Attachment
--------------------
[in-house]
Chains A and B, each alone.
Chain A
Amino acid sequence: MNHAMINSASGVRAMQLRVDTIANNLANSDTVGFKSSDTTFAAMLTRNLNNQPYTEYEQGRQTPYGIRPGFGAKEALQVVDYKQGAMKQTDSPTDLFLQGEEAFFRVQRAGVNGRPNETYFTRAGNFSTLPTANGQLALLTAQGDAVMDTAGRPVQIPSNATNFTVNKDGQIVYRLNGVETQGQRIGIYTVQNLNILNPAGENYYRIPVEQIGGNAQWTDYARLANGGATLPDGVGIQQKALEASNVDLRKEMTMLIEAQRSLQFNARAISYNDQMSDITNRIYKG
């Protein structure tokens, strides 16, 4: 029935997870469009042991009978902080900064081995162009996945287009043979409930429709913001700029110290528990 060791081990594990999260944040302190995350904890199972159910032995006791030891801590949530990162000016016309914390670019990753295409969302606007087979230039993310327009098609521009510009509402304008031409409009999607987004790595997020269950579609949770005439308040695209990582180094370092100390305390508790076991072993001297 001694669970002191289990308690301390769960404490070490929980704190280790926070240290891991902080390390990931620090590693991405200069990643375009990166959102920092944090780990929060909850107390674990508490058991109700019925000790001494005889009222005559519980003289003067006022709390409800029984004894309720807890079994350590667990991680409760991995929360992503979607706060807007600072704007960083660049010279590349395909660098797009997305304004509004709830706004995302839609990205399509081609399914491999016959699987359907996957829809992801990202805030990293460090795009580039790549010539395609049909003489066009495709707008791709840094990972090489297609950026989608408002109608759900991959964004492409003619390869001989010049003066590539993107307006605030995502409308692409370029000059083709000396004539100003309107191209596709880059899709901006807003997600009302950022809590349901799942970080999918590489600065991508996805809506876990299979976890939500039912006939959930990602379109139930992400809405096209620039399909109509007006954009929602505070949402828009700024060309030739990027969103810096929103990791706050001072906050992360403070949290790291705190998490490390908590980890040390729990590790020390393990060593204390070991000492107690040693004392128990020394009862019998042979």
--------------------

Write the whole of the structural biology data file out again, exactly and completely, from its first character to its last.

[in-house]
Chains A and B, each alone.
Chain A
Amino acid sequence: MNHAMINSASGVRAMQLRVDTIANNLANSDTVGFKSSDTTFAAMLTRNLNNQPYTEYEQGRQTPYGIRPGFGAKEALQVVDYKQGAMKQTDSPTDLFLQGEEAFFRVQRAGVNGRPNETYFTRAGNFSTLPTANGQLALLTAQGDAVMDTAGRPVQIPSNATNFTVNKDGQIVYRLNGVETQGQRIGIYTVQNLNILNPAGENYYRIPVEQIGGNAQWTDYARLANGGATLPDGVGIQQKALEASNVDLRKEMTMLIEAQRSLQFNARAISYNDQMSDITNRIYKG
């Protein structure tokens, strides 16, 4: 029935997870469009042991009978902080900064081995162009996945287009043979409930429709913001700029110290528990 060791081990594990999260944040302190995350904890199972159910032995006791030891801590949530990162000016016309914390670019990753295409969302606007087979230039993310327009098609521009510009509402304008031409409009999607987004790595997020269950579609949770005439308040695209990582180094370092100390305390508790076991072993001297 001694669970002191289990308690301390769960404490070490929980704190280790926070240290891991902080390390990931620090590693991405200069990643375009990166959102920092944090780990929060909850107390674990508490058991109700019925000790001494005889009222005559519980003289003067006022709390409800029984004894309720807890079994350590667990991680409760991995929360992503979607706060807007600072704007960083660049010279590349395909660098797009997305304004509004709830706004995302839609990205399509081609399914491999016959699987359907996957829809992801990202805030990293460090795009580039790549010539395609049909003489066009495709707008791709840094990972090489297609950026989608408002109608759900991959964004492409003619390869001989010049003066590539993107307006605030995502409308692409370029000059083709000396004539100003309107191209596709880059899709901006807003997600009302950022809590349901799942970080999918590489600065991508996805809506876990299979976890939500039912006939959930990602379109139930992400809405096209620039399909109509007006954009929602505070949402828009700024060309030739990027969103810096929103990791706050001072906050992360403070949290790291705190998490490390908590980890040390729990590790020390393990060593204390070991000492107690040693004392128990020394009862019998042979």